Stephen Gould, continued
Concerning evolution, Gould points out that in the beginning, all species HAD to be simple. Therefore if you drew a graph showing number of species on the y-axis and a scale for complexity (ranging from bacteria to humans, for example) on the x-axis, the curve would not be bell shaped. Especially for the early times of the earth, the graph would show most of the species at the left extreme of the curve. Life cannot begin simpler than simple. As time passes, life can evolve only in one direction – toward more complexity. Draw the graph yourself, so you can see what we mean.
The other part of his point is that in the early history of earth, the curve for primitive species always had a few species out on the tail of the curve. That is, they – by chance – were more complex than simple bacteria. Some of these more complex species found suitable niches and thus survived. Now the curve becomes fatter, spread out more toward the right, with more complex species. The process repeats. Now the fatter curve still is not bell shaped, but its extreme right-hand tail again has a few more complex species, some of whom will survive. Thus life seems to be purposefully evolving toward more complex forms. But according to Gould’s view, random variation and the laws of probability are driving evolution toward the more complex, given that you can’t drive evolution toward organisms simpler that the simplest life forms.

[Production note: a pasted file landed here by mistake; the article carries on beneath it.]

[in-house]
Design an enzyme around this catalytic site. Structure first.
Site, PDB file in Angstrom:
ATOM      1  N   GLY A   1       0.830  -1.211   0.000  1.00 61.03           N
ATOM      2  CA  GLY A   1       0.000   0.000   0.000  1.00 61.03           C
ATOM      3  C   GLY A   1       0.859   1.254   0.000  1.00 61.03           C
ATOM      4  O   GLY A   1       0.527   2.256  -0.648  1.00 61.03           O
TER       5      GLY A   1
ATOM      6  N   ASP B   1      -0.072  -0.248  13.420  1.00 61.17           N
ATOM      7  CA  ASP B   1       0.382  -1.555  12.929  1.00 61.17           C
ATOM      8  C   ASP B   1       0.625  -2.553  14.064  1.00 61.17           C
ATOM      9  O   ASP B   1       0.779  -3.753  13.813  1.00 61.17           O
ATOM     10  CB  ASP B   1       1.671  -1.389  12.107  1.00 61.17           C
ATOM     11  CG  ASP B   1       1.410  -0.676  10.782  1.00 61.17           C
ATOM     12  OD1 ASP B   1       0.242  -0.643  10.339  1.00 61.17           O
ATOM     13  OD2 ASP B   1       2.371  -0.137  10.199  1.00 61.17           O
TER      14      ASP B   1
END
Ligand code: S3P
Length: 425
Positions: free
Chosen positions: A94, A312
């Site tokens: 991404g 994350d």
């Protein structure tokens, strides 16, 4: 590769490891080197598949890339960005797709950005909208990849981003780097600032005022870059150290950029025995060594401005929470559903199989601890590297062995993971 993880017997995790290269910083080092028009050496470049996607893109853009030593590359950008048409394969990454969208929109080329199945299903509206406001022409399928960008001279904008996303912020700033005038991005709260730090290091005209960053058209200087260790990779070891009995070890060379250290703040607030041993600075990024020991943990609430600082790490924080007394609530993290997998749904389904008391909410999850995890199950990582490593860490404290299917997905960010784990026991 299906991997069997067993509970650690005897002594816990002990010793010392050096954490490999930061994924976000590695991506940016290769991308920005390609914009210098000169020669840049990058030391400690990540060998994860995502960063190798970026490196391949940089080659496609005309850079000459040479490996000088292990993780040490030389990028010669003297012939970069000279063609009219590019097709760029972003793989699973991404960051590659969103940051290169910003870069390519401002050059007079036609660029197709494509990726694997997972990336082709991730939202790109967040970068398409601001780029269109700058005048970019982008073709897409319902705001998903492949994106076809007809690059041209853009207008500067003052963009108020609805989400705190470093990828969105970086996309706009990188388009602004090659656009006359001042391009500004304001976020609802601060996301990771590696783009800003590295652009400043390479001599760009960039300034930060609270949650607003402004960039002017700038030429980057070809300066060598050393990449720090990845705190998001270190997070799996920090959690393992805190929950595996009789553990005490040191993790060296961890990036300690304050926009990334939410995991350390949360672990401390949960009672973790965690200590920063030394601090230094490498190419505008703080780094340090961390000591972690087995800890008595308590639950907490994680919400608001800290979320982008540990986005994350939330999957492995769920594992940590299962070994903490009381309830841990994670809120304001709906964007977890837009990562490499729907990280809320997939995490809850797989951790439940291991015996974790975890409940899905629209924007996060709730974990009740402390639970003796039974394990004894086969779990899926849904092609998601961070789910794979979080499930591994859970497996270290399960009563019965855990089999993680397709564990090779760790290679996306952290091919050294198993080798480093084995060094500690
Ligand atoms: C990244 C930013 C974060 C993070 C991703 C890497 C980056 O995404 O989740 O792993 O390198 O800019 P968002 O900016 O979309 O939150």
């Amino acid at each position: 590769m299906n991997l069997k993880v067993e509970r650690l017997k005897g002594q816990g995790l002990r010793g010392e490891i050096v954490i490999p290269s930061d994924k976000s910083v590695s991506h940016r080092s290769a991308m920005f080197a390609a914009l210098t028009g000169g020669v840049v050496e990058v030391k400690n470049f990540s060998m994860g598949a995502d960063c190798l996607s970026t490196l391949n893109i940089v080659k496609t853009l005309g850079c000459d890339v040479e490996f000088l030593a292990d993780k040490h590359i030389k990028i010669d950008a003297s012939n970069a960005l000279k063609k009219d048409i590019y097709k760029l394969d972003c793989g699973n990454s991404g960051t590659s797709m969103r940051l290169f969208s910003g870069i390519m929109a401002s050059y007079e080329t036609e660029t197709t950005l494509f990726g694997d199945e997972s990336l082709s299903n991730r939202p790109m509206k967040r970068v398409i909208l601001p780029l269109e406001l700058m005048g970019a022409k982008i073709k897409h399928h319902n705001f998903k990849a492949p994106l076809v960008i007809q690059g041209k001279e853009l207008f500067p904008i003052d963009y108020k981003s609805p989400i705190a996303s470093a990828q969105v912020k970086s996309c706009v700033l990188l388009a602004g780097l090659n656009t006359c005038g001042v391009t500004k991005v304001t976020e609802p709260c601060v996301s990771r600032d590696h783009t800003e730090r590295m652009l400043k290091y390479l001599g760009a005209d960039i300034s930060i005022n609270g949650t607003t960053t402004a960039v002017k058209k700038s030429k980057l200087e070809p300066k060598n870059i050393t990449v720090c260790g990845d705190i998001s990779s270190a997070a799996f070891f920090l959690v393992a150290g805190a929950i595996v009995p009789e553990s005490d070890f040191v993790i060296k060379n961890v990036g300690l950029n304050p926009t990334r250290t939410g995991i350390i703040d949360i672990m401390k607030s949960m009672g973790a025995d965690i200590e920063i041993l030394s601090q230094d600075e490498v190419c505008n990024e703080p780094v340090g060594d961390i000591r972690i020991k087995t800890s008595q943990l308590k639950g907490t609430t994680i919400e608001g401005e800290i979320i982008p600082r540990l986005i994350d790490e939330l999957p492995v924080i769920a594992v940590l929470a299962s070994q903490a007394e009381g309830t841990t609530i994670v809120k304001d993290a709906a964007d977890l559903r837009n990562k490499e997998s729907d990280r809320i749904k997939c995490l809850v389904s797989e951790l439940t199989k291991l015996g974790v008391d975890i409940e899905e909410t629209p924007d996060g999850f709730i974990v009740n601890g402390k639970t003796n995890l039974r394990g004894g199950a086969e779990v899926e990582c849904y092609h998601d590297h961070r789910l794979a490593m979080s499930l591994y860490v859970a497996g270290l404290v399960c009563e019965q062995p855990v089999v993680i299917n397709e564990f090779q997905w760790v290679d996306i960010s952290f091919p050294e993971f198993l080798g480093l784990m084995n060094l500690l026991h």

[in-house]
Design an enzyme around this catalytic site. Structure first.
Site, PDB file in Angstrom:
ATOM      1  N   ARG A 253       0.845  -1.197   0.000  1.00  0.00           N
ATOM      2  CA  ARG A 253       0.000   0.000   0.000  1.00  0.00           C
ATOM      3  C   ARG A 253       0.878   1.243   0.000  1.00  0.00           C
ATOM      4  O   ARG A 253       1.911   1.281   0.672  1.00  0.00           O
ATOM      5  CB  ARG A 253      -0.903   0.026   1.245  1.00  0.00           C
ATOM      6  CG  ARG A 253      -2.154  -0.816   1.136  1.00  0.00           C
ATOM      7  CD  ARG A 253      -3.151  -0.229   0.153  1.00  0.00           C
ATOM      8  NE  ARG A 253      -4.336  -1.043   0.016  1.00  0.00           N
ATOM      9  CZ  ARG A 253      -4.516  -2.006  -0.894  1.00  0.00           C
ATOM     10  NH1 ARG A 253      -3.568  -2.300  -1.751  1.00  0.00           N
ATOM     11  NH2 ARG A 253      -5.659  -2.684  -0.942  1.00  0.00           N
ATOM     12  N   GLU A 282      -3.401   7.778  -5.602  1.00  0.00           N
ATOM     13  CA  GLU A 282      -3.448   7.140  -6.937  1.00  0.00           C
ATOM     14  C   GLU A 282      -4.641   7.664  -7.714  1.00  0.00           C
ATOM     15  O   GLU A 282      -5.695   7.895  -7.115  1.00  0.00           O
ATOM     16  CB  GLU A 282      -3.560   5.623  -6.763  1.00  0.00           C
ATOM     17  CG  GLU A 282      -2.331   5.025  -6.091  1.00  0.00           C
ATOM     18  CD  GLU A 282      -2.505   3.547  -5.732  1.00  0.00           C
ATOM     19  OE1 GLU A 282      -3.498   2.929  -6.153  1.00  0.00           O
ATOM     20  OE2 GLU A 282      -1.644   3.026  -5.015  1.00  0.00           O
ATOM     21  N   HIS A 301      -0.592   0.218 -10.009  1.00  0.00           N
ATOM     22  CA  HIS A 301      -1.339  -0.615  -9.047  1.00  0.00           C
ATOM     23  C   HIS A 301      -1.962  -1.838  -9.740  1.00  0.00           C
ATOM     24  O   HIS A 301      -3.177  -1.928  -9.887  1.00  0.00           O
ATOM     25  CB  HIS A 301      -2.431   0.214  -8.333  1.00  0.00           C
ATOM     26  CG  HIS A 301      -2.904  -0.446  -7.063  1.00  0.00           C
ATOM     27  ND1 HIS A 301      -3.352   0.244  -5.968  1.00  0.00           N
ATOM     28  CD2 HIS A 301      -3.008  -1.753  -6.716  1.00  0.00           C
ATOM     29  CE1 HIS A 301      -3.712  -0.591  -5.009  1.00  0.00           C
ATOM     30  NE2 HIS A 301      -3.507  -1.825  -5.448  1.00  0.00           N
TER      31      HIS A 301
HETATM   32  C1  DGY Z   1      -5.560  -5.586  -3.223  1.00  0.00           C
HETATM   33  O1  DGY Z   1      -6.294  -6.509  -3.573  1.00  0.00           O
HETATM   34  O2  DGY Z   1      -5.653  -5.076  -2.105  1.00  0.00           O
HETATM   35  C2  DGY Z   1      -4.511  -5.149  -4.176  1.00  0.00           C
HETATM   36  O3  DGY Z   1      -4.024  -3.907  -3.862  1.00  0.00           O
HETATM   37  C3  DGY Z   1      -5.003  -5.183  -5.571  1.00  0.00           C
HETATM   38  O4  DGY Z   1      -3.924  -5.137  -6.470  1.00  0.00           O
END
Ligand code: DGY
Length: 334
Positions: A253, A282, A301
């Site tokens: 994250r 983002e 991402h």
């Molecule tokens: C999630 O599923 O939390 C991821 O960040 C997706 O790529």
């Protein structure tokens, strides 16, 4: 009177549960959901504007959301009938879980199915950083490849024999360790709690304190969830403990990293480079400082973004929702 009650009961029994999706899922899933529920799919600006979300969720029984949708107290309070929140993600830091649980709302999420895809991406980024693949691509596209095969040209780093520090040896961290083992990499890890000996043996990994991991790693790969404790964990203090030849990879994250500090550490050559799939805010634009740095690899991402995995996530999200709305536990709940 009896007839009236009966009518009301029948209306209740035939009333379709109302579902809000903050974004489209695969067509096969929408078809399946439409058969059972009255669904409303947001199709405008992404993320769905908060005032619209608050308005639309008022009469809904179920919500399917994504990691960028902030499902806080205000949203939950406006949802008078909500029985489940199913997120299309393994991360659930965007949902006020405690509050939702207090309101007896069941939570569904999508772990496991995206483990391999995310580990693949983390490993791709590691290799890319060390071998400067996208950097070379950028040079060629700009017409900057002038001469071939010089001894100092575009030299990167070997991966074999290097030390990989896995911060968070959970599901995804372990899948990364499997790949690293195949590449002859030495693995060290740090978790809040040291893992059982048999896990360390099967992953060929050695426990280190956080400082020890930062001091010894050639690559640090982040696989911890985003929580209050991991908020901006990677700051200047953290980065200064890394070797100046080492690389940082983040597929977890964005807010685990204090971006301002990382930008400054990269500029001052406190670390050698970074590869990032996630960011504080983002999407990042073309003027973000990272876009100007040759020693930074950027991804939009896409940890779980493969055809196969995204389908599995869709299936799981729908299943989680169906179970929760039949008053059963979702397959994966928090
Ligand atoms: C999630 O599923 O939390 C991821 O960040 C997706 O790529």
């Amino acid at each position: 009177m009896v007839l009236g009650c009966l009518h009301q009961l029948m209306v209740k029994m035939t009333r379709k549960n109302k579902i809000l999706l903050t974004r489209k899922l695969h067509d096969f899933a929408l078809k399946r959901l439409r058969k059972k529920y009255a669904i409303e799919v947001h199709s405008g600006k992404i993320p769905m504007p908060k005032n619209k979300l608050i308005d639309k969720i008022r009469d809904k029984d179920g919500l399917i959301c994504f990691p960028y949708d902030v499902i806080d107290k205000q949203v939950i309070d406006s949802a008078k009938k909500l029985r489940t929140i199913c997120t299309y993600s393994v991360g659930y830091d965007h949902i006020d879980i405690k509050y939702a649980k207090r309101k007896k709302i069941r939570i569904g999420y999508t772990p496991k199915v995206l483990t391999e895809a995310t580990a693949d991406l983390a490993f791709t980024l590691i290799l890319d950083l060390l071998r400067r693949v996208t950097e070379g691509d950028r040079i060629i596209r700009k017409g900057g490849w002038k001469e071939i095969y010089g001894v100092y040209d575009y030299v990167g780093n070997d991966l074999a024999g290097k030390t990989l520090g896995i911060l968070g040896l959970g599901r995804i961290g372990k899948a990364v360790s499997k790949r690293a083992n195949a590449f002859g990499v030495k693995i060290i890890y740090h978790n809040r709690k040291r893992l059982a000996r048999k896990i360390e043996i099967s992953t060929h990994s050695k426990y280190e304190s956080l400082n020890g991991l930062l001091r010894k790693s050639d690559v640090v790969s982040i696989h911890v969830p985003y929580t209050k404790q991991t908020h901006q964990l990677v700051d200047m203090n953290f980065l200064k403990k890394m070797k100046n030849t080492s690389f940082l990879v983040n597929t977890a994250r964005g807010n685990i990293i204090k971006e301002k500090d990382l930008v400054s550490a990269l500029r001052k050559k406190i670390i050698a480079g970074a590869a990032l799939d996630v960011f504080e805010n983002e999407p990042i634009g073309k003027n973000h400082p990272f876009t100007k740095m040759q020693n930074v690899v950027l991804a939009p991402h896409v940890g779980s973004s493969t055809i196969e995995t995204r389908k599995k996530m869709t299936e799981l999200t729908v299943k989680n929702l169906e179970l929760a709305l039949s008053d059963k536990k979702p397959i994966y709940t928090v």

One controversial idea was his attempt to explain sudden changes in the fossil record. Most scientists believe that the changes were not sudden and that intermediate forms are just poorly preserved or have not yet been found. Critics of evolution say there are no intermediate forms, although intermediate fossil forms have been found for some lines of evolution. Gould argued that in cases where there are no intermediate fossil forms, the evolution was sudden. His idea was that many species exist for long periods without much change, with occasional "bursts" of new species formation. Gould calls this "punctuated equilibrium." His critics sarcastically called the idea "evolution by jerks." Gould quipped in retaliation by calling his critics' theory of slow evolution as "evolution by creeps." Who says scientists don't have a sense of humor? Actually, most scientists believe that both ideas are probably right, depending on the species.
Modern genetics research lends support to Gould’s idea: one or a few mutations in major regulatory genes generate major changes in body form. In plants, for example, just one inactivated gene changes a bilaterally symmetrical flower into a radial one.